September 24, 2014

Washington Budget Report: June 7, 2010

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Efforts to Reduce Structural Deficits Must Mean More Than Rigging the Scorecard

Public concern about the nation’s rising debt burden is beginning to have an impact on the legislative agenda.That much was evident as the House passed a scaled back “extenders” bill on May 28 by a slim margin. Originally estimated to have a gross cost of $192 billion and a net deficit increase of $134 billion, the final bill carried a gross cost of $114 billion and a net deficit increase of $54 billion.

But much of this cost reduction was accomplished by timing shifts rather than changes in policy. For example, shortening the extension period of certain unemployment benefits “saved” about $8 billion and sunsetting an increase in the Medicare physician reimbursement rate (the “doc fix”) after 19 months “saved” almost $40 billion.

As the extenders bill now moves to the Senate, much of the debate will be about provisions that the House dropped and the offsets it retained. There are legitimate, and conflicting, concerns with each. From a fiscal standpoint, however, it will be important to keep an eye not so much on the official score but on the cost of maintaining the policies that Congress votes to extend. Concern about deficits must mean more than simply rigging the scorecard.

Economic Recovery and Other Uncertainties Are No Excuse For Failure to Plan a More Responsible Fiscal Course

There’s debate over whether the President’s fiscal commission should focus on total federal debt or just the part of the debt that is held by private investors and foreign countries.  Either figure, however, is high by historical standards.

No one can say for sure how much more the government can borrow without seriously jeopardizing the country’s economic future. But this uncertainty shouldn’t be an excuse for inaction, as some analysts seem to suggest.  An analogy might be speeding down a narrow, winding country road at 80 miles an hour. Since nothing catastrophic has happened yet, can we push it up to 90? To 100? It’s hard to say for sure because we don’t know what’s around the next bend. But at some point soon, easing up on the accelerator would be a wise thing to do.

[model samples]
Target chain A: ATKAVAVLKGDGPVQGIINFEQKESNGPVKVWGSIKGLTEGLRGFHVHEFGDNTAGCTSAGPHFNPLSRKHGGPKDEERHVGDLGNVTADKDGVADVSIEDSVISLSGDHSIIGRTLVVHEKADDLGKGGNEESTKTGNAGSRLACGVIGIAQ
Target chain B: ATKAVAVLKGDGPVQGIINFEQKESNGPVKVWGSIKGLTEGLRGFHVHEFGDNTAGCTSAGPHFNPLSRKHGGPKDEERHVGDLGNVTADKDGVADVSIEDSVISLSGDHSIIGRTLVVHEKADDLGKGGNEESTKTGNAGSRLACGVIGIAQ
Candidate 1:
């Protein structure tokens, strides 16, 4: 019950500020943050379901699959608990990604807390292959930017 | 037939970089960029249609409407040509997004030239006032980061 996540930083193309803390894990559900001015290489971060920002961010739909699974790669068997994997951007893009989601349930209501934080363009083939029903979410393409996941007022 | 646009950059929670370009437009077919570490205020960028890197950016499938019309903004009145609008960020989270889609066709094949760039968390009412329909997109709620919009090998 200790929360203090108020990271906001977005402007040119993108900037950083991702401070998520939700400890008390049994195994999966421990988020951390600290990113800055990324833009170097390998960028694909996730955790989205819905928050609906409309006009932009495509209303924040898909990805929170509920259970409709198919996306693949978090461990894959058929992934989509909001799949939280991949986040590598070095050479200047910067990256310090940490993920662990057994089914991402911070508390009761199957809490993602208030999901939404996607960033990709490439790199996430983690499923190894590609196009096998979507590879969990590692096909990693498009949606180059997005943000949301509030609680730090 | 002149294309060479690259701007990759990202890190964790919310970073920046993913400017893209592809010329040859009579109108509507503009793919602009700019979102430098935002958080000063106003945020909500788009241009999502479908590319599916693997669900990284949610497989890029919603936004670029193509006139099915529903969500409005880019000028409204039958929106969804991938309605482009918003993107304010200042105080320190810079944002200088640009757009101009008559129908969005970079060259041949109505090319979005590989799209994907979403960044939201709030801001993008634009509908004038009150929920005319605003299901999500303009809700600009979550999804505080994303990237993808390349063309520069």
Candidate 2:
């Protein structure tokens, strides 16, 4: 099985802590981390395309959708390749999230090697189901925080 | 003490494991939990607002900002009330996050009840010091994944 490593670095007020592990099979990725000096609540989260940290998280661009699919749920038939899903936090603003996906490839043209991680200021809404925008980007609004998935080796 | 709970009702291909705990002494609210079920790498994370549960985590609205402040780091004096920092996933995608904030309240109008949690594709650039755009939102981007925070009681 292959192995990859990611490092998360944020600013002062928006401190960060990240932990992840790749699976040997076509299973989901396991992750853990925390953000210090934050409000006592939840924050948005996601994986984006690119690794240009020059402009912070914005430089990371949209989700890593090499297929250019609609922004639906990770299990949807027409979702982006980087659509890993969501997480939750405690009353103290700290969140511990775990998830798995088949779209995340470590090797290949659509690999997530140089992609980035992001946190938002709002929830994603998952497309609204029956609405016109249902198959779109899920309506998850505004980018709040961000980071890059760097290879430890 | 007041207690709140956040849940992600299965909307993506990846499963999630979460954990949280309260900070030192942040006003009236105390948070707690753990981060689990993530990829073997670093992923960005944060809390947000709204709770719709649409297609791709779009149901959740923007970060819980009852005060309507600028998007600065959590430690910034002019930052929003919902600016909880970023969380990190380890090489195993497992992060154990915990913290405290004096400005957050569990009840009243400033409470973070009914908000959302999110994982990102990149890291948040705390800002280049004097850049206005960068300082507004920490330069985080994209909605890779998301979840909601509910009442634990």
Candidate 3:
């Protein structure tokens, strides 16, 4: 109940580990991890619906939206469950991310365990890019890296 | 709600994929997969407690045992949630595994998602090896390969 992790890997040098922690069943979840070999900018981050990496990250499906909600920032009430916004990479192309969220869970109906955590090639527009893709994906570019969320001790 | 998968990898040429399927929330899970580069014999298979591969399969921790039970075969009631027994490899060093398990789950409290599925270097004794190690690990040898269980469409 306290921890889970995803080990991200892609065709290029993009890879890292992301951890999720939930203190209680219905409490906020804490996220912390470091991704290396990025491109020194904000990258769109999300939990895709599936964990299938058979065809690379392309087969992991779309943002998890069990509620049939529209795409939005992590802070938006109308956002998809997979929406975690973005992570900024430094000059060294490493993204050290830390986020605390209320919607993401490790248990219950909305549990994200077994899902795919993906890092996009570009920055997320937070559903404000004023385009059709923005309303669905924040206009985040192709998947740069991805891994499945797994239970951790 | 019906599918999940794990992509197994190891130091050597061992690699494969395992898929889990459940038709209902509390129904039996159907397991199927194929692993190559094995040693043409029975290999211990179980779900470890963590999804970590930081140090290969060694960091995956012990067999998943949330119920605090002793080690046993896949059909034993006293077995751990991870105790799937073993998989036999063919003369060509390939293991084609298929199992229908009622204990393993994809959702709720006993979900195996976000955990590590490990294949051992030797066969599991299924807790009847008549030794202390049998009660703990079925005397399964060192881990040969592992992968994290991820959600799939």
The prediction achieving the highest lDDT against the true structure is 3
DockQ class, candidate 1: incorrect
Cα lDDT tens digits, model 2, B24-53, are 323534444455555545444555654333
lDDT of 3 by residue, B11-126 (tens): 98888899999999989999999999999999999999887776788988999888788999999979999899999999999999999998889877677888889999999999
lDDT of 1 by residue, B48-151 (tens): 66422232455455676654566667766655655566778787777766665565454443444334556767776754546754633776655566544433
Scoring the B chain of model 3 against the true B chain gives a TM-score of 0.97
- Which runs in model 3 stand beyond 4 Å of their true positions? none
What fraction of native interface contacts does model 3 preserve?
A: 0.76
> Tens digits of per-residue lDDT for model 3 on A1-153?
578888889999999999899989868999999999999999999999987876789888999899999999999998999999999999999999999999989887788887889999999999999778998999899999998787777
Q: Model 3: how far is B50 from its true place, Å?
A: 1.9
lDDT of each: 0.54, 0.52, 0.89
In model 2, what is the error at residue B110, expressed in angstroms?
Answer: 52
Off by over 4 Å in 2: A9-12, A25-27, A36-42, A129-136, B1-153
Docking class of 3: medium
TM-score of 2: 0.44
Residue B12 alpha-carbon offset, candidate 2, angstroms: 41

Reasonable people can differ on how quickly the government should start reducing deficits while the economy is still shaky. But Washington should at least start developing a credible plan to deal with the basic structural problems in the federal budget that are projected to produce massive deficits even in good economic times.

Some See Value-Added Tax, Common in Other Developed Countries, as Potential Help for U.S. Budget Problems

As concern about long-term federal deficits and debt mounts, some policy experts in Washington have been discussing the possibility of a value-added tax (VAT). Some envision it as a replacement for current taxes while others favor it as an add-on to raise additional revenue.

A value-added tax is similar to other consumption taxes such as the retail sales tax but is collected at each step in the production process. Americans are well acquainted with the sales tax because it is often used at the state and local level. But among developed countries, the United States is unusual for not using a value-added tax.

Although Congress is not actively considering a VAT and The Concord Coalition has not taken a position on it, Concord maintains that all policy options should remain on the table.

As Memorial Day Recess Ends, Congress to Continue Work on Spending and Tax Legislation

Before leaving Washington for the Memorial Day recess, the House passed a scaled back version of a bill extending several tax and spending provisions while the Senate passed a supplemental appropriations bill, though neither bill cleared both chambers. This has set the stage for further action and negotiations between the House and Senate as Congress works to send the bills to the President. For more information on these and other issues, see the update we posted last week on The Tabulation, Concord's blog.